“Of course, I am by no means denying the importance of thinking. There is no question that linguistic thought is indispensable for us. It is, in large part, what makes us human. It is the fabric of almost all culture and every social relationship. Needless to say, it is the basis of all science. And it is surely responsible for much rudimentary cognition—for integrating beliefs, planning, explicit learning, moral reasoning, and many other mental capacities. Even talking to oneself out loud may occasionally serve a useful function.
“From the point of view of our contemplative traditions, however—to boil them all down to a cartoon version, that ignores the rather esoteric disputes among them—our habitual identification with discursive thought, our failure moment to moment to recognize thoughts as thoughts, is a primary source of human suffering. And when a person breaks this spell, an extraordinary kind of relief is available.
“But the problem with a contemplative claim of this sort is that you can’t borrow someone else’s contemplative tools to test it. The problem is that to test such a claim—indeed, to even appreciate how distracted we tend to be in the first place, we have to build our own contemplative tools. Imagine where astronomy would be if everyone had to build his own telescope before he could even begin to see if astronomy was a legitimate enterprise. It wouldn’t make the sky any less worthy of investigation, but it would make it immensely more difficult for us to establish astronomy as a science.
“To judge the empirical claims of contemplatives, you have to build your own telescope. Judging their metaphysical claims is another matter: many of these can be dismissed as bad science or bad philosophy by merely thinking about them. But to judge whether certain experiences are possible—and if possible, desirable—we have to be able to use our attention in the requisite ways. We have to be able to break our identification with discursive thought, if only for a few moments. This can take a tremendous amount of work. And it is not work that our culture knows much about.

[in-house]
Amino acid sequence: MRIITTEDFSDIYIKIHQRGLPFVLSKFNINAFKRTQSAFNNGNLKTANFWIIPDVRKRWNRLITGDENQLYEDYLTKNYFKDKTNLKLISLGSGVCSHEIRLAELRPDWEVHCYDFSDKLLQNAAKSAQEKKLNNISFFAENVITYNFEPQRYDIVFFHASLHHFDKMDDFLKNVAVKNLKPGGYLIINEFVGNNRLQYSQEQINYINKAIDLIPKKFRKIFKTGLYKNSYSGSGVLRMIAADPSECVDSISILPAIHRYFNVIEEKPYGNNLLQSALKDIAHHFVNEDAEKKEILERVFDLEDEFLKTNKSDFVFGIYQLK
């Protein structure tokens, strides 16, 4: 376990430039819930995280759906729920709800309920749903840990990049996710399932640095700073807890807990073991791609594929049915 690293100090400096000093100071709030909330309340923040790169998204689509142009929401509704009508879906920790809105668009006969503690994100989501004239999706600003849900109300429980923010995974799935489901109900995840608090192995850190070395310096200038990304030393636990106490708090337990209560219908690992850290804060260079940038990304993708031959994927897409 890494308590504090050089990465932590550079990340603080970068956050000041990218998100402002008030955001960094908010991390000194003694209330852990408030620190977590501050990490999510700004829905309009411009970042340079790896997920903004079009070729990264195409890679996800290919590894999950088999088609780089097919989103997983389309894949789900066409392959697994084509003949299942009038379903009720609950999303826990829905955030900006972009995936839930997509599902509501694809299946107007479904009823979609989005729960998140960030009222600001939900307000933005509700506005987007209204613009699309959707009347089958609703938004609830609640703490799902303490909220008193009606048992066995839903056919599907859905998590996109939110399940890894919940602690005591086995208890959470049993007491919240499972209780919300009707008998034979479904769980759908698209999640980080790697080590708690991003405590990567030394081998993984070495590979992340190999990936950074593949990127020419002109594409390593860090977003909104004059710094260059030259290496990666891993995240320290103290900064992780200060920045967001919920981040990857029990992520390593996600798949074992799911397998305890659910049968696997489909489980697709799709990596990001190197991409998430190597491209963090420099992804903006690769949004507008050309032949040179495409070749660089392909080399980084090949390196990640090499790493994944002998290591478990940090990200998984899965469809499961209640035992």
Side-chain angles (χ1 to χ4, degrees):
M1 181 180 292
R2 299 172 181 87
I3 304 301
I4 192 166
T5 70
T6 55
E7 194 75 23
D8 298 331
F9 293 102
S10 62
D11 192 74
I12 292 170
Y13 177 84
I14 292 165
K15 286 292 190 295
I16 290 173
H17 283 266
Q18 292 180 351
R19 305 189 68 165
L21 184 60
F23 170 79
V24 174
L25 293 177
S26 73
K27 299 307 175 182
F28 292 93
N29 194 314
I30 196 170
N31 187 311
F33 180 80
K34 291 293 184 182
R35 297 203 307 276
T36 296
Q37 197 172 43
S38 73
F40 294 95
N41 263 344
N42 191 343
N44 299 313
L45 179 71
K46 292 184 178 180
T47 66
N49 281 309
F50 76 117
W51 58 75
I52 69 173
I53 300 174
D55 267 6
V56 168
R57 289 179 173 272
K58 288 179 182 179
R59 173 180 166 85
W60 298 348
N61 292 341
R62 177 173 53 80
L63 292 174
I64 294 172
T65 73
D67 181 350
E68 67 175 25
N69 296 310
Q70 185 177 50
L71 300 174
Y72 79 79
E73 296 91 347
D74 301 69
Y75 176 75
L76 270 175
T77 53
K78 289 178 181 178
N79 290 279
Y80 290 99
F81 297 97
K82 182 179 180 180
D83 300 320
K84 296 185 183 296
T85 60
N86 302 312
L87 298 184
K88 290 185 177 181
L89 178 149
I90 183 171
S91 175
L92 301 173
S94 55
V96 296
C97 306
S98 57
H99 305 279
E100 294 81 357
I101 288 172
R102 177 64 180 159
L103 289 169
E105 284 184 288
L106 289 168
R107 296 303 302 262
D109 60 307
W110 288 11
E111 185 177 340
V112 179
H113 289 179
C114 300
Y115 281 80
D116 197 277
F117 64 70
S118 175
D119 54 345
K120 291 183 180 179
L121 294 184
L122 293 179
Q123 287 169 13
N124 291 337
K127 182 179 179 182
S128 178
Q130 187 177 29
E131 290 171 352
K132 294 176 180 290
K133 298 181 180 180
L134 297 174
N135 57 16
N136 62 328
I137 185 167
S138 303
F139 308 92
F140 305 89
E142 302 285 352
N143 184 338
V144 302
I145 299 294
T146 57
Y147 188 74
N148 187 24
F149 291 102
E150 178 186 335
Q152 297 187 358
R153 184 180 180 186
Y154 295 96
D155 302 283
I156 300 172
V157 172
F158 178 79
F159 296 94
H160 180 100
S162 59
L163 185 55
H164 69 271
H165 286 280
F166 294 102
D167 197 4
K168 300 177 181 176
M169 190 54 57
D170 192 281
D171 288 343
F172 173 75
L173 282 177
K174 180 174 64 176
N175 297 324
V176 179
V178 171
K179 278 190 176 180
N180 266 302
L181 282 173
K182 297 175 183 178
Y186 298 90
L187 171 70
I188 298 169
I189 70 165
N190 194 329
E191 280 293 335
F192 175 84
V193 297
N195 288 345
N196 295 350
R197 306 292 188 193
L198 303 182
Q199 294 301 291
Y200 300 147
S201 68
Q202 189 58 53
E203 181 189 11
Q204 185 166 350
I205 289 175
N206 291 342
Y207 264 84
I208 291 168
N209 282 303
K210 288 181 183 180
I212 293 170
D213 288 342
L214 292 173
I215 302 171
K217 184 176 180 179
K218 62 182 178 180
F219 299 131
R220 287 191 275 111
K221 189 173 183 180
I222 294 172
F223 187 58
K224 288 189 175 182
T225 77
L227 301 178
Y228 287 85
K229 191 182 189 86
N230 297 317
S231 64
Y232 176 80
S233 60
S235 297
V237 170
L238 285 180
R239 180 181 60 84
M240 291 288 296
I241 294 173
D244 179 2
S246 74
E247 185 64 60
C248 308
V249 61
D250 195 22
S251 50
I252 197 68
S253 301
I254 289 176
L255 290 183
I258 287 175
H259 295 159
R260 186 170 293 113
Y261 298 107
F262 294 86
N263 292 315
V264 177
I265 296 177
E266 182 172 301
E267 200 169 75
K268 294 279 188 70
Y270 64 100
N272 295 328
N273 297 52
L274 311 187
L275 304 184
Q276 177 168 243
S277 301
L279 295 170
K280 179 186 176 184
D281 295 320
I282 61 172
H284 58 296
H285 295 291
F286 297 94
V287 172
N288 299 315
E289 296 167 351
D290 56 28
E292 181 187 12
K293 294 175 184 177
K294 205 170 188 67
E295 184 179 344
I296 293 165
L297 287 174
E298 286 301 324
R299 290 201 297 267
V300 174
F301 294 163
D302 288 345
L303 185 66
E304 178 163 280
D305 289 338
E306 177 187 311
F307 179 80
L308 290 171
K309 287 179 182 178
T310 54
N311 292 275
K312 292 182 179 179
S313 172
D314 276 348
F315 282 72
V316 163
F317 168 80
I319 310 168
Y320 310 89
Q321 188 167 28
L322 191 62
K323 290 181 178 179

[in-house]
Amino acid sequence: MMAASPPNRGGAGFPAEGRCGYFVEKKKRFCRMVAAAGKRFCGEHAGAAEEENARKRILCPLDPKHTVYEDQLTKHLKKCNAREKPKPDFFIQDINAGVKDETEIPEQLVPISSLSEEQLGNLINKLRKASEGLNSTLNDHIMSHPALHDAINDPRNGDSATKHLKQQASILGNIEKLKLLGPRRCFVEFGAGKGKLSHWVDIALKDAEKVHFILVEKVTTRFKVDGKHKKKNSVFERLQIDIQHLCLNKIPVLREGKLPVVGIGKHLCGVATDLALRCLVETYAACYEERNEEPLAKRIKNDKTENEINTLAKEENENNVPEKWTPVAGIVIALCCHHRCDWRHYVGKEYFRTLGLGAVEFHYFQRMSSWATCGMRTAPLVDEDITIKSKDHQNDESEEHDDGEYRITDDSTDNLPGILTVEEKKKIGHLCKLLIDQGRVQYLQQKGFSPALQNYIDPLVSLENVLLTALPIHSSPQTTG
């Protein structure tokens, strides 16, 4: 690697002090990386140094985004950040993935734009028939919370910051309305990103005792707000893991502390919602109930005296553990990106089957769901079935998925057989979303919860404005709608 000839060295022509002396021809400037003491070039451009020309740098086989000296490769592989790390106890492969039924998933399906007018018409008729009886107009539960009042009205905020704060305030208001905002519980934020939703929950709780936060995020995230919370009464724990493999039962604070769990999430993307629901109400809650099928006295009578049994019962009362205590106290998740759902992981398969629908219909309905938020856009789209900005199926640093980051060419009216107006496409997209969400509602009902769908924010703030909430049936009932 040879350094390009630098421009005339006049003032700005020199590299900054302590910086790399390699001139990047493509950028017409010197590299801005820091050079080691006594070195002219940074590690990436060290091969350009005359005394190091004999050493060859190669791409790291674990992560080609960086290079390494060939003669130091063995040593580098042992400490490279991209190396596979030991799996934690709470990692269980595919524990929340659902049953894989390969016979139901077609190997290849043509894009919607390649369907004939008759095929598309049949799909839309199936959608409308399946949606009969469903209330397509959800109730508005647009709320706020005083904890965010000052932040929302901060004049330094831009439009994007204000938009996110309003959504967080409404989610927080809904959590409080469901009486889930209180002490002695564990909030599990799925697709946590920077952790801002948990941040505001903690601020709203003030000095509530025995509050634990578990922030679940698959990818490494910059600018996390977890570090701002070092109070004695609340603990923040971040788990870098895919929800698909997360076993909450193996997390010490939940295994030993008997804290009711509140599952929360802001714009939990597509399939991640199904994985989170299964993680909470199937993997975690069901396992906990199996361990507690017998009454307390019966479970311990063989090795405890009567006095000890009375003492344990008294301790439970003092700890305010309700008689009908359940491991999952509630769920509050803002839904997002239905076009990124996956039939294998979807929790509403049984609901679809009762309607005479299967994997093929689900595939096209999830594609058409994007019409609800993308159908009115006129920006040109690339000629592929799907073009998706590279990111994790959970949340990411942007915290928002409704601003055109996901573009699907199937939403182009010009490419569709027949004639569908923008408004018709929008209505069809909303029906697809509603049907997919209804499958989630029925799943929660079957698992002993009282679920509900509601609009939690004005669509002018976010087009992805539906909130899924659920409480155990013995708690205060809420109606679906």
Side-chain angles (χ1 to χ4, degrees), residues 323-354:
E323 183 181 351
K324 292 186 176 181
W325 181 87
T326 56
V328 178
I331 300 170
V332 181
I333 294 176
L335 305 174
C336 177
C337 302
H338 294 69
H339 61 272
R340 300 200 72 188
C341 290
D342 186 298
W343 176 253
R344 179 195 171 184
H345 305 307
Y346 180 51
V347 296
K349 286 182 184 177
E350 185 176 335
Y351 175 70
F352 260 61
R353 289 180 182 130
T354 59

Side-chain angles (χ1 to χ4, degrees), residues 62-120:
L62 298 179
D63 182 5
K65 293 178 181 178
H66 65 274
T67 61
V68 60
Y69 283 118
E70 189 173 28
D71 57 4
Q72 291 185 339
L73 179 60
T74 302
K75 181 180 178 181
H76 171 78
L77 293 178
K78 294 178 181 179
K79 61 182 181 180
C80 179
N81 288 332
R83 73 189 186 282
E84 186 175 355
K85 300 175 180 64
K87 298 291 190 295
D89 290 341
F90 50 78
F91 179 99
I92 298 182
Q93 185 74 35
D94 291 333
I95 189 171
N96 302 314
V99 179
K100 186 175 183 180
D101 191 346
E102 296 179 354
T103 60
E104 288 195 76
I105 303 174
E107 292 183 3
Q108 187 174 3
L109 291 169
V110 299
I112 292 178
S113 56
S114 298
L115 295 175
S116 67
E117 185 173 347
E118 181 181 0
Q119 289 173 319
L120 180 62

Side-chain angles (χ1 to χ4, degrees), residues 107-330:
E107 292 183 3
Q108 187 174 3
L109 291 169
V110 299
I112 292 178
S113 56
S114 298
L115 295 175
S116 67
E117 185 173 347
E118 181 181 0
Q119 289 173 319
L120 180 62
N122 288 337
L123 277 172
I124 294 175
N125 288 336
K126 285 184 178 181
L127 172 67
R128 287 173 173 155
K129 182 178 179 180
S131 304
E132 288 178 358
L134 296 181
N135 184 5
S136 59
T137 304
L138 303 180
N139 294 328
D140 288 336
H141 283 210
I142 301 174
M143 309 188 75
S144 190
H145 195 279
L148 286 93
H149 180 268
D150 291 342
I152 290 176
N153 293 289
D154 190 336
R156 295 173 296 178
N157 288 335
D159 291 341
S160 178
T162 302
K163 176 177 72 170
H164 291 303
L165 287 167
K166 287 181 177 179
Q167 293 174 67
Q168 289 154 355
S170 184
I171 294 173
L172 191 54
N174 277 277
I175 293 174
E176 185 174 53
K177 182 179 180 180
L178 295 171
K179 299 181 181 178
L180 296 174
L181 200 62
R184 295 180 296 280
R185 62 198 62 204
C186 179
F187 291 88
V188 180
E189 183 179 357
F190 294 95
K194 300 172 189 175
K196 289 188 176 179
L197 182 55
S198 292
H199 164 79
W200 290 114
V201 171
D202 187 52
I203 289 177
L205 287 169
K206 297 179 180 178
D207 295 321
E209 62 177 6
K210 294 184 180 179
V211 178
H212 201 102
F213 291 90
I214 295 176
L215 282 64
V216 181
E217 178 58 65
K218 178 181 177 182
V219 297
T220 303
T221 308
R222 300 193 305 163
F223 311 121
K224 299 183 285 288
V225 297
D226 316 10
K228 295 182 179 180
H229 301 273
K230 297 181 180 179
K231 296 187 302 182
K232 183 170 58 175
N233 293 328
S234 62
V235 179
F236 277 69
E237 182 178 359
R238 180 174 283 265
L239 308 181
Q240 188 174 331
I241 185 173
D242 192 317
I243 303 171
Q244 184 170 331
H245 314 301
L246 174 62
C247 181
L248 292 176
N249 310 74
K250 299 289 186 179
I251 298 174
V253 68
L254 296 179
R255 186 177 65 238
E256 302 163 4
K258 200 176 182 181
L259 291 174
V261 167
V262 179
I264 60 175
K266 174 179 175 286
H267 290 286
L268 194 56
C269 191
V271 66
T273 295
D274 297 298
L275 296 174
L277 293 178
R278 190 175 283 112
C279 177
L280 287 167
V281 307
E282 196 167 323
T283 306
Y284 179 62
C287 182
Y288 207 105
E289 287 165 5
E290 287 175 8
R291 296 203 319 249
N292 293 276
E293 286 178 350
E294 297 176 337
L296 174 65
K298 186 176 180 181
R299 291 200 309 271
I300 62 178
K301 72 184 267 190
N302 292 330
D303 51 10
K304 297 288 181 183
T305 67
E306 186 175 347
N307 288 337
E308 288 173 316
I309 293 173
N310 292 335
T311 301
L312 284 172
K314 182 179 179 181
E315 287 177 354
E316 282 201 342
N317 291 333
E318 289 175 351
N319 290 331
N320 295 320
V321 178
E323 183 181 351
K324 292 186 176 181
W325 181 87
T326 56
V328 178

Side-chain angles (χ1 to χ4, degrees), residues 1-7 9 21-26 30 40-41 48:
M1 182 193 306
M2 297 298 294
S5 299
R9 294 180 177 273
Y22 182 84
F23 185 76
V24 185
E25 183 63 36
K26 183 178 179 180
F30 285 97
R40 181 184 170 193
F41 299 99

“One problem with atheism as a category of thought, is that it seems more or less synonymous with not being interested in what someone like the Buddha or Jesus may have actually experienced. In fact, many atheists reject such experiences out of hand, as either impossible, or if possible, not worth wanting. Another common mistake is to imagine that such experiences are necessarily equivalent to states of mind with which many of us are already familiar—the feeling of scientific awe, or ordinary states of aesthetic appreciation, artistic inspiration, etc.
“As someone who has made his own modest efforts in this area, let me assure you, that when a person goes into solitude and trains himself in meditation for 15 or 18 hours a day, for months or years at a time, in silence, doing nothing else—not talking, not reading, not writing—just making a sustained moment to moment effort to merely observe the contents of consciousness and to not get lost in thought, he experiences things that most scientists and artists are not likely to have experienced, unless they have made precisely the same efforts at introspection. And these experiences have a lot to say about the plasticity of the human mind and about the possibilities of human happiness.